**Reward/Goal.** Occasionally provides real-valued reward. is
the cumulative reward obtained between time 0 and time , where
. At time the learner's goal is to accelerate long-term
reward intake: it wants to let
exceed the
current average reward intake.
To compute the ``current average reward intake'' a previous point
to compute
is required.
How to specify in a general yet reasonable way? For instance,
if life consists of many successive ``trials'' with non-deterministic
outcome, how many trials must we look back in time? This question will
be addressed by the success-story algorithm (SSA) below.

**Initialization.** At time (system birth), we initialize the
learner's variable internal state , a vector of variable, binary
or real-valued components. Environmental inputs may be represented by
certain components of . We also initialize the vector-valued
policy . 's -th variable component is denoted .
There is a set of possible actions to be selected and executed according
to current and . For now, there is no need to specify
-- this will be done in the experimental sections (typically,
will be a conditional probability distribution on the possible
next actions, given current ). We introduce an initially empty
stack that allows for stack entries with varying sizes, and
the conventional *push* and *pop* operations.

**Basic cycle.**
Between time 0 (system birth) and time (system death)
the following basic cycle is repeated over and over again:

**1.**- Execute actions selected according to and (this may change environment and ), until a certain EVALUATION CRITERION is satisfied, or until an action is selected that
will
*modify*. **2.****IF**the EVALUATION CRITERION is satisfied,**THEN**call SSA, which backtracks and undoes certain previous -modifications if necessary (to ensure that the history of still valid modifications corresponds to a history of reward accelerations):**SSA.1.**- Set variable equal to current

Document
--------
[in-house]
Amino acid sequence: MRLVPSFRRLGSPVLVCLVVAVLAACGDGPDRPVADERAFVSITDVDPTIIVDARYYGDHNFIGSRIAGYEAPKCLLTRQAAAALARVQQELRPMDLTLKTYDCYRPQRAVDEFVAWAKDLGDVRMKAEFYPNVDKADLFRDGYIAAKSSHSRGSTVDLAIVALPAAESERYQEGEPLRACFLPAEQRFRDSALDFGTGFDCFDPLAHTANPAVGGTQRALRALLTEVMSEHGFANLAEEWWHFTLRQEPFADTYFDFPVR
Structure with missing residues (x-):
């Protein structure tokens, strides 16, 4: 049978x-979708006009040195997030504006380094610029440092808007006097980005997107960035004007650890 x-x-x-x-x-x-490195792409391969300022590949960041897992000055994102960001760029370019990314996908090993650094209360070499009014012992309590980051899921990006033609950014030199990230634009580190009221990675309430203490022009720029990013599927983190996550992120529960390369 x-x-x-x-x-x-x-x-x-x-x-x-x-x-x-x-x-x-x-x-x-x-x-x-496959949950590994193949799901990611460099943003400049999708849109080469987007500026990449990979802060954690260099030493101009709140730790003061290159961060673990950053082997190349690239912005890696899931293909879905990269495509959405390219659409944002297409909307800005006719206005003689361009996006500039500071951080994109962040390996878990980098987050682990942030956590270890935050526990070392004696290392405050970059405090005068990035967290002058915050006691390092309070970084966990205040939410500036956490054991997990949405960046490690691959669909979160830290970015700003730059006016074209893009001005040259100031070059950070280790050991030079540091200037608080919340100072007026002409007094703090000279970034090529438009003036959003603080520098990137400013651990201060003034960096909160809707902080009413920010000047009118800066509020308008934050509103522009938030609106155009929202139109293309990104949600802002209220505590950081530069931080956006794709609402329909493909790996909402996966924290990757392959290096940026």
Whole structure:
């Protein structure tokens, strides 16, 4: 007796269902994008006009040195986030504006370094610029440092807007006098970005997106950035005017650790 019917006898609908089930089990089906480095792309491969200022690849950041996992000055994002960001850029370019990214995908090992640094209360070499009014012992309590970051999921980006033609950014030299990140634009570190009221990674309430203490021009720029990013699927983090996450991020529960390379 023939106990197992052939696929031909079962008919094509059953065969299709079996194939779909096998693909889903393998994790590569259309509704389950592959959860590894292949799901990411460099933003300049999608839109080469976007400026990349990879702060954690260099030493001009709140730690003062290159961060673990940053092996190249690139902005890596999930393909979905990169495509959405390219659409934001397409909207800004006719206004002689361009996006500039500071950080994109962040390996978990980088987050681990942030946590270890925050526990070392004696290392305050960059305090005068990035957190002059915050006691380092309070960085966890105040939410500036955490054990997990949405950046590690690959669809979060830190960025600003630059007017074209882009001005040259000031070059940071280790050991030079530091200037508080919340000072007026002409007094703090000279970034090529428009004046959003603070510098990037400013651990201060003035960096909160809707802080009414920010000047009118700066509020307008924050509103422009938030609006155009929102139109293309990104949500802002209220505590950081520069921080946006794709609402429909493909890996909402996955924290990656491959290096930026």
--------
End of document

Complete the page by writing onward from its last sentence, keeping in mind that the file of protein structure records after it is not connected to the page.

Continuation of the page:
time.
**IF**there is no*``tag''*(a pair of time and cumulative reward until then) stored somewhere in ,**THEN**push the tag (, ) onto , and go to**3**(this ends the current SSA call).**ELSE**denote the topmost tag in by (, ). Denote the one below by (, ) (if there is not any tag below, set variable -- recall ). **SSA.2.****IF**

**THEN**push tag (, ), and go to**3.**This ends the current SSA call.**ELSE**pop off all stack entries above the one for tag (, ) (these entries will be former policy components saved during earlier executions of step 3), and use them to restore as it was be before time . Then also pop off the tag (, ). Go to**SSA.1.**

**3.****IF**the most recent action selected in step**1**will modify ,**THEN**push copies of those to be modified onto , and execute the action.**4.****IF**some TERMINATION CRITERION is satisfied,**THEN**die.**ELSE**go to step**1**.

**SSA ensures life-time success stories.**
At a given time in the
learner's life, define the set of currently *valid* times as those
previous times still stored in tags somewhere in . If this set
is not empty right before tag is pushed in step **SSA.2** of
the basic cycle, then let
denote
the -th valid time, counted from the bottom of . It is easy
to show (Schmidhuber, 1994, 1996) that the current SSA call will have
enforced the following ``success-story criterion'' SSC ( is the
in the most recent step **SSA.2**):

(1) |

**SSA's generalization assumption.**
Since life is one-way (time is never reset), during each SSA call the
system has to generalize from a *single* experience concerning the
usefulness of any previous policy modification:
the average reward per time since then.
At the end of each SSA call,
until the beginning of the next one, the only temporary generalization
assumption for inductive inference is: -modifications that survived
all previous SSA calls will remain useful.
In absence of empirical